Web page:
Editor’s Notes: Joe Dirt & Contamination are out on their respective formats July 7th.
Contamination (Arrow) is directed by Luigi Cozzi, who’s known for making low-budget copies of successful American films, such as Starcrash (Star Wars), Monster Shark (Jaws), and Hercules (Conan the Barbarian). Contamination is inspired by — if not copied from — Ridley Scott’s Alien (1979), with a few slight changes. An unmanned ship containing deadly alien eggs and mutilated bodies on board enters New York City’s waters. The eggs soon begin to explode like grenades, causing anyone close by to implode. When someone recalls that an astronaut on a Mars mission had mentioned something about eggs, an expedition is put together to seek him out in South America.
The film has plenty of gore, but lacks the genuine suspense of Alien. The pod spores in Contamination are filled with lethal flesh-dissolving acid, one of the movie’s primary special effects. There’s also a scene of an alien laying eggs, a scene portrayed later in James Cameron’s Aliens. What Cozzi goes for is one-upping Alien with considerably more exploding bodies. He achieves this, but at the expense of performances and story. It’s basically a bloodfest, which serious fans of horror might enjoy. For others, the violence will seem excessive and gratuitous. Gruesome special effects are fine when they enhance or shore up the plot. In Contamination, they are showcase moments sprinkled into an unoriginal script.
Bonus features on the Blu-ray release include a 2014 Q & A with director Luigi Cozzi and star Ian McCulloch; archive documentary hosted by the director containing behind-the-scenes footage; reversible sleeve containing original and newly commissioned art work; and a collector’s booklet illustrated with original archive stills and posters.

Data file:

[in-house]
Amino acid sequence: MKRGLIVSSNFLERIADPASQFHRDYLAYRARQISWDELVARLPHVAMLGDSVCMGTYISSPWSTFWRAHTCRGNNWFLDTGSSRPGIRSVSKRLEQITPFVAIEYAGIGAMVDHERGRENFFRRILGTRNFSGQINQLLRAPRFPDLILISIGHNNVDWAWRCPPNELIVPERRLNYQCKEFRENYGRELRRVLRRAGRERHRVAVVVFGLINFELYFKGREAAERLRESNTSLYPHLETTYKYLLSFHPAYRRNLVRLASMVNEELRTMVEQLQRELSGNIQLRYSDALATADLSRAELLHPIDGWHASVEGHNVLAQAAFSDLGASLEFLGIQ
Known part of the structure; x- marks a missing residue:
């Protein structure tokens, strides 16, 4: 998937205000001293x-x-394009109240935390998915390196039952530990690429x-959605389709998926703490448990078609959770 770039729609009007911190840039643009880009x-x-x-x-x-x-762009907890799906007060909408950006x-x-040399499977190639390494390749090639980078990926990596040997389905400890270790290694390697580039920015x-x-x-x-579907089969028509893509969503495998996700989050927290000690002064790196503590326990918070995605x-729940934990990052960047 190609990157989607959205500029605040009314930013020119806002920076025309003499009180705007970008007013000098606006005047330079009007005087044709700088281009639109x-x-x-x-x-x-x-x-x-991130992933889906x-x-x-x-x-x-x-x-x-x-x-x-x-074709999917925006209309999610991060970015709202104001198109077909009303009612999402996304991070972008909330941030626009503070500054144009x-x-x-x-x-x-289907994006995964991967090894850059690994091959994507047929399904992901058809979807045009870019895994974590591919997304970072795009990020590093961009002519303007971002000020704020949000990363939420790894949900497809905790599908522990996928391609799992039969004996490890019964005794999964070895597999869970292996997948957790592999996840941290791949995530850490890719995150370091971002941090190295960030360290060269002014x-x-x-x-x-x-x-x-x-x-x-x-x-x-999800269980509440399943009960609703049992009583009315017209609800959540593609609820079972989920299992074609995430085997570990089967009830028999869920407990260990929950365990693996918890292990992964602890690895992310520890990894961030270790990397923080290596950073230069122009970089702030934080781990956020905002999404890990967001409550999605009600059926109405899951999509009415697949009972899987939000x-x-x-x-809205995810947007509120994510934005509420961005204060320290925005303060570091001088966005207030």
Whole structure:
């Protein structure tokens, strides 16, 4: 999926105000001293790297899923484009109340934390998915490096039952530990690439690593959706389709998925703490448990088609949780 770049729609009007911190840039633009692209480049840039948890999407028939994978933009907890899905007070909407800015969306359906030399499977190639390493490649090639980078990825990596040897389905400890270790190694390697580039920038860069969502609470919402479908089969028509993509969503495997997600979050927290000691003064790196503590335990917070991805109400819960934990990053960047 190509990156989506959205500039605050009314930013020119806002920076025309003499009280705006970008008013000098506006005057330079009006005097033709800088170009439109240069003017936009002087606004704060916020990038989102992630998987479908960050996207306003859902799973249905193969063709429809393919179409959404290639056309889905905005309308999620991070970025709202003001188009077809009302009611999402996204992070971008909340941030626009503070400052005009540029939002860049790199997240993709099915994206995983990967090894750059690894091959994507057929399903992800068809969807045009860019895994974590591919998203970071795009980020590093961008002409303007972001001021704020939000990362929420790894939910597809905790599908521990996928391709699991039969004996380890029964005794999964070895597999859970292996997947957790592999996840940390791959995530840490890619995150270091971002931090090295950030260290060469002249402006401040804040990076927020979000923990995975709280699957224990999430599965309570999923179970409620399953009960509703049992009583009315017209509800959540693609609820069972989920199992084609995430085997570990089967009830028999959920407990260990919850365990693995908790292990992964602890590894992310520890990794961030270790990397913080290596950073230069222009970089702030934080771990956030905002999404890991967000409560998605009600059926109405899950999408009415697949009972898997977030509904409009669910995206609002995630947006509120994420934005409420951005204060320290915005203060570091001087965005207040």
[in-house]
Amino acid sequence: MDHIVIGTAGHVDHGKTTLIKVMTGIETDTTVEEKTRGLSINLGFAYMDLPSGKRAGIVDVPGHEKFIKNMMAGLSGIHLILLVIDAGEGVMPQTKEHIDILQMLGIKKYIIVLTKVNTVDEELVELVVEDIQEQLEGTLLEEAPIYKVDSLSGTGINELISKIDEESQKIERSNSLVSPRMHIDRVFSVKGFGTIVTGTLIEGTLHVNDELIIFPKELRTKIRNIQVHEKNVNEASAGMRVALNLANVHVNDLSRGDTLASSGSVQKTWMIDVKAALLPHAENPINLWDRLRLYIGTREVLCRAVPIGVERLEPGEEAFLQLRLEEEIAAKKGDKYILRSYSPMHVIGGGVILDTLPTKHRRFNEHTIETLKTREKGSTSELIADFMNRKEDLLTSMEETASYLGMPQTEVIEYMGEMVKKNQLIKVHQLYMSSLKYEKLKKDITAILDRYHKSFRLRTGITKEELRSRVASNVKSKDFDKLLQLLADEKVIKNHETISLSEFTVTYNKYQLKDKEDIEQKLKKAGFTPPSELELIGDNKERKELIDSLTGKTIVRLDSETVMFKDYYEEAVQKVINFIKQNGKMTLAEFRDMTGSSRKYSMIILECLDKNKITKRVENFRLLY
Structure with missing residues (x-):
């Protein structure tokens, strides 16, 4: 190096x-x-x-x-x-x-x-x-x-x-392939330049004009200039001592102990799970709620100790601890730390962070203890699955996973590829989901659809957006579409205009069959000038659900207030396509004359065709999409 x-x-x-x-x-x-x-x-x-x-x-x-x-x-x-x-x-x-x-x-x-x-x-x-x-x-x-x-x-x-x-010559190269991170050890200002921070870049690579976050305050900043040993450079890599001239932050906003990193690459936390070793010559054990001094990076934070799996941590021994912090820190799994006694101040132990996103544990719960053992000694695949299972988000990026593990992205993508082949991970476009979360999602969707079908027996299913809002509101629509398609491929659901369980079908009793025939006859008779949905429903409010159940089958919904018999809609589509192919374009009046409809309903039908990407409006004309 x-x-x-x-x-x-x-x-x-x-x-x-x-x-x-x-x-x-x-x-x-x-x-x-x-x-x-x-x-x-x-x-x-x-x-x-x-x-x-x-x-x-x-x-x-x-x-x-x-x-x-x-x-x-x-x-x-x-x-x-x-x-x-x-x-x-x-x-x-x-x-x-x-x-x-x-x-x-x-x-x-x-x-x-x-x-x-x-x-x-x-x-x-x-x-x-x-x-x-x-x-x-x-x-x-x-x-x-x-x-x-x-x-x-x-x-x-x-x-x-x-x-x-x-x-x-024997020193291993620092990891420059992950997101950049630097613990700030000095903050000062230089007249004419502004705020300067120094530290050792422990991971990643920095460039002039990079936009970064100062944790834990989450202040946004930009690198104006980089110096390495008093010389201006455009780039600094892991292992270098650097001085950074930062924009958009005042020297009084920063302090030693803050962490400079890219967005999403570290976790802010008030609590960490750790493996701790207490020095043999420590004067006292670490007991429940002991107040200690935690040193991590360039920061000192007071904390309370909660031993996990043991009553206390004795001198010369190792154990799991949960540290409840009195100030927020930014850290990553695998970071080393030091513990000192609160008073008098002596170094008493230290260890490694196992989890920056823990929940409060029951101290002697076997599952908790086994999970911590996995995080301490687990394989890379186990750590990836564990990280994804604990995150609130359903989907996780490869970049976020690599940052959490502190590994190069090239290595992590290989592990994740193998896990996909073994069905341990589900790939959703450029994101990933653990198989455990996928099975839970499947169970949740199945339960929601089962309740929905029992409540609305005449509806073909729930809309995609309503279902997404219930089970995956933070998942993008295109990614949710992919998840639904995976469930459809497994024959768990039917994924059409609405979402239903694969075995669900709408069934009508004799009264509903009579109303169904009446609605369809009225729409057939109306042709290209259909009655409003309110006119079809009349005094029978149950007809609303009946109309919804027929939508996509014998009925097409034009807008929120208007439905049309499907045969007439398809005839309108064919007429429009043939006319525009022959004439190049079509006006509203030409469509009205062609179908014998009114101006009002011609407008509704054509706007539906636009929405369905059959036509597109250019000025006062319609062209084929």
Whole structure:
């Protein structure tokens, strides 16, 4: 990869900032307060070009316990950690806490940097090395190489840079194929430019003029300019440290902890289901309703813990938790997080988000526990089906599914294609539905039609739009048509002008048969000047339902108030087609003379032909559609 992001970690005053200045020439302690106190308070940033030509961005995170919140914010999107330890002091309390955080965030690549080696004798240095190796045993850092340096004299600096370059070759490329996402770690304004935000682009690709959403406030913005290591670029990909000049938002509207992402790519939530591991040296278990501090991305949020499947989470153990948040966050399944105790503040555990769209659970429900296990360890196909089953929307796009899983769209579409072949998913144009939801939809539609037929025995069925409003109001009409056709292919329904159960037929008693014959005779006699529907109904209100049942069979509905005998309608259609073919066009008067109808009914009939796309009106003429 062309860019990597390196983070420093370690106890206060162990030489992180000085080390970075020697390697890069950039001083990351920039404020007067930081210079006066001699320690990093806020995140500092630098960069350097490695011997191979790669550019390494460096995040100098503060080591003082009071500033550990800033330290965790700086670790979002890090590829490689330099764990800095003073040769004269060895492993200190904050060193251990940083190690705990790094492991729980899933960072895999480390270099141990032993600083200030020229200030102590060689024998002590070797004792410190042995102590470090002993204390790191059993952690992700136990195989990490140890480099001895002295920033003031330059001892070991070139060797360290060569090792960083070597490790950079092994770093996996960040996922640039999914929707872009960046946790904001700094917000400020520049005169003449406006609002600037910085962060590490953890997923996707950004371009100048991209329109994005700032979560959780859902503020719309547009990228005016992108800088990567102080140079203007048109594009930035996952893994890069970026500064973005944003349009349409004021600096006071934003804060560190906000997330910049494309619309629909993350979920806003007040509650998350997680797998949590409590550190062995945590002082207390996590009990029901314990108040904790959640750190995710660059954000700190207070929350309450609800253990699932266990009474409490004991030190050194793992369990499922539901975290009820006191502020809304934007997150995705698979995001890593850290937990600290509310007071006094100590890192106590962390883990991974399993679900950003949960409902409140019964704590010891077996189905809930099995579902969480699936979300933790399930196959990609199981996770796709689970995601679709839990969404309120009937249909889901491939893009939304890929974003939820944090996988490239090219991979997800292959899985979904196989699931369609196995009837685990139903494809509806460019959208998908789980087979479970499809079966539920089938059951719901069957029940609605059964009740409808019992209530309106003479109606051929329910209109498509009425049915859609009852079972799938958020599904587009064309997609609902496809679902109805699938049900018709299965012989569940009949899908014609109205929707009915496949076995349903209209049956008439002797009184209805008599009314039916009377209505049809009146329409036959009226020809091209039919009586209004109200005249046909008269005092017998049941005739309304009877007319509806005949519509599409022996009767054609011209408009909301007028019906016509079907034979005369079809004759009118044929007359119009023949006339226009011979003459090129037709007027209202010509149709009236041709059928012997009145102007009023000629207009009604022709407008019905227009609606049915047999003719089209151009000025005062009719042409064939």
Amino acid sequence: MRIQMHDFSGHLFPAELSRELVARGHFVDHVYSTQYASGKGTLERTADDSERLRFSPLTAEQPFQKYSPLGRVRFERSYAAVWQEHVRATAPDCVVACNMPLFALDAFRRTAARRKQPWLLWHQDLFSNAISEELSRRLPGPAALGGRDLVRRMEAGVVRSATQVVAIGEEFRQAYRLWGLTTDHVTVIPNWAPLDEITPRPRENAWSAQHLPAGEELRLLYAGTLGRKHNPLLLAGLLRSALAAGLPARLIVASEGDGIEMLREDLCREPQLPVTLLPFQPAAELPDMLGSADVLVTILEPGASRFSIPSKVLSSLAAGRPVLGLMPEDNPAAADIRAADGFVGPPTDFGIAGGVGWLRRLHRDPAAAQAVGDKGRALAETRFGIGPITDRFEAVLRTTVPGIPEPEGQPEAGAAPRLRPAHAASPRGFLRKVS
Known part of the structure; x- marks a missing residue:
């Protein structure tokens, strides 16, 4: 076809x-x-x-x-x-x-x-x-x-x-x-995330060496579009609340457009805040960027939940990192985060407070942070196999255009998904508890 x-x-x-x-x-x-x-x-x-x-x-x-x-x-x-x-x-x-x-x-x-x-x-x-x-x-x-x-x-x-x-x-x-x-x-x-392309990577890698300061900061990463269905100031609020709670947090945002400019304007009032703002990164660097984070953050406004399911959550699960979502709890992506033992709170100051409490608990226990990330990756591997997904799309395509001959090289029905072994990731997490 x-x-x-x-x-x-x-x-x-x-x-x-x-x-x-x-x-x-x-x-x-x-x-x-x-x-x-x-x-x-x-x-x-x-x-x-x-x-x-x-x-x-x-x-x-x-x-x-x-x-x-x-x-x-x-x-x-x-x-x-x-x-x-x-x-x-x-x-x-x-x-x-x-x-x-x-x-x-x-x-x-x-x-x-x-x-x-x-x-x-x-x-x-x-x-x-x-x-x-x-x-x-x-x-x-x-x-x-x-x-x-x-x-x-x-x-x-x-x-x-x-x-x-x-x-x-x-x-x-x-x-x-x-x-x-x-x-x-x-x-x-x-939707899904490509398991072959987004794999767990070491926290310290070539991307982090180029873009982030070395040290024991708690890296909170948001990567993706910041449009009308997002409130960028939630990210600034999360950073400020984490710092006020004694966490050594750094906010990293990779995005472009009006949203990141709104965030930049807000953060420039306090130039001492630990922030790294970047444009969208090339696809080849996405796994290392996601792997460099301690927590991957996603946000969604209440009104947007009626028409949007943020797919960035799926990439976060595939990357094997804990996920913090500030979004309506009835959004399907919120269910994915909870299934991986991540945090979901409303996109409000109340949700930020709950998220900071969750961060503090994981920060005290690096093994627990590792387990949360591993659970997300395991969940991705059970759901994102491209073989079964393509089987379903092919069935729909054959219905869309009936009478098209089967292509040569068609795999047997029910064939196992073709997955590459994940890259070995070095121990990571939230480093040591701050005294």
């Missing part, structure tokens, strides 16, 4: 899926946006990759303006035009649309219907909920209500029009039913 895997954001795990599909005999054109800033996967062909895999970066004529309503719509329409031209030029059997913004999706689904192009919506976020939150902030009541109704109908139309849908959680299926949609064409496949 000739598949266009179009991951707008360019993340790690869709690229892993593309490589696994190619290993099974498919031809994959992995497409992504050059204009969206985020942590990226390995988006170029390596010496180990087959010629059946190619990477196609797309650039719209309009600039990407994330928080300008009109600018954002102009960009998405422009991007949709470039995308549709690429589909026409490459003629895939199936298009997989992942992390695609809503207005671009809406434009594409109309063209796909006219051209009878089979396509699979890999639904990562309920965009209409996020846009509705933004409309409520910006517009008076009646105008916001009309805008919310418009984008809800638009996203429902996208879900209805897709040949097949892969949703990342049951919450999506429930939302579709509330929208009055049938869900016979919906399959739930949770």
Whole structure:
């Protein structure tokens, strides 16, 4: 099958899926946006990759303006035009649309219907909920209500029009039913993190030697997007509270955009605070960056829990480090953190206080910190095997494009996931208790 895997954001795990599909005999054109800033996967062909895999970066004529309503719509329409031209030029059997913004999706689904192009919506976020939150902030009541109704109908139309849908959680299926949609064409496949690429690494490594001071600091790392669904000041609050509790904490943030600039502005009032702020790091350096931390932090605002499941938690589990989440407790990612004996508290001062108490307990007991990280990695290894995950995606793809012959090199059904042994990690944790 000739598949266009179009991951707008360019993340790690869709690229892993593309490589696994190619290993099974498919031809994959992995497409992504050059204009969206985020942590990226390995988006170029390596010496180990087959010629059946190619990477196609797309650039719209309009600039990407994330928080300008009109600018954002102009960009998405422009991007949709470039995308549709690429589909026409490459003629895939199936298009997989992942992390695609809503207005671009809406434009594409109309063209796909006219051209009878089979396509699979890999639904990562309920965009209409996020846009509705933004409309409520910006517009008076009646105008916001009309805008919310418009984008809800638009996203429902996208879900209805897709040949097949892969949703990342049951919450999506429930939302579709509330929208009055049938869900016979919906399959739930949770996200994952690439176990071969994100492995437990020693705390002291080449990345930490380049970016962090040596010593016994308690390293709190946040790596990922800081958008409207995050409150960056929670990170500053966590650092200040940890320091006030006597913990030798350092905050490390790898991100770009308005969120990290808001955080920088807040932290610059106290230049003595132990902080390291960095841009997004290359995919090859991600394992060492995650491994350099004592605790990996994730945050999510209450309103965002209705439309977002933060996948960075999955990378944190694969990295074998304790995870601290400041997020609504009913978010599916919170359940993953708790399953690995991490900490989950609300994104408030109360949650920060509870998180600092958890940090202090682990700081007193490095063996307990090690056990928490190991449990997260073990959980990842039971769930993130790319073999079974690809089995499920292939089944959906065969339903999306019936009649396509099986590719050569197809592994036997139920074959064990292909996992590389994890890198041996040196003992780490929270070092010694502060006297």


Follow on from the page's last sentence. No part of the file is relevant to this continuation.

Joe Dirt (Sony Home Entertainment) is a Cinderella story muddied and soiled by crass humor, tasteless visual images, and a puerile sense of what constitutes “funny.” The title character (David Spade) works as a janitor at a Los Angeles radio station. After being abandoned by his parents at the Grand Canyon at the age of 8, Joe sets out to find his parents. Enroute, he manages to get himself into unlikely, contrived situations. Spade’s Joe is an innocent, and is supposed to elicit sympathy as he navigates a world that has not been kind to him.
Wigged in an exaggerated mullet, which is one of the movie’s main sight gags, Spade goes through an awful script with trooper determination to get to the end credits in one piece. From his work on Saturday Night Live and his talent for creating characters, we know Spade is capable of far better than what this sad excuse for comedy offers.
Jokes and sight gags are scatter gunned with little cohesion. Celebrity cameos by Dennis Miller, Kid Rock, Kevin Nealon, and Adam Beach do little to shore up the comedy. Christopher Walken co-stars as Clem, a very strange school janitor, and neatly steals the picture. Walken is unique among today’s actors. His mere presence can elicit smiles, and he’s very funny here, illustrating how weak and desperate the rest of the movie’s comedy is.
Bonus features on this new-to-Blu-ray release include commentary with director Dennie Gordon and David Spade, outtakes, blooper reel, deleted scenes, original theatrical trailer, and the featurette Joe Dirt - The Return: The Making of Joe Dirt 2: Beautiful Loser.
For over 25 years, I was the Film and Home Entertainment Reviewer for "The Villadom TIMES," a New Jersey weekly newspaper, and have written for several other publications. I developed and taught a Film Studies program for two New York City high schools that included Film History, Horror/Fantasy, and Film Making.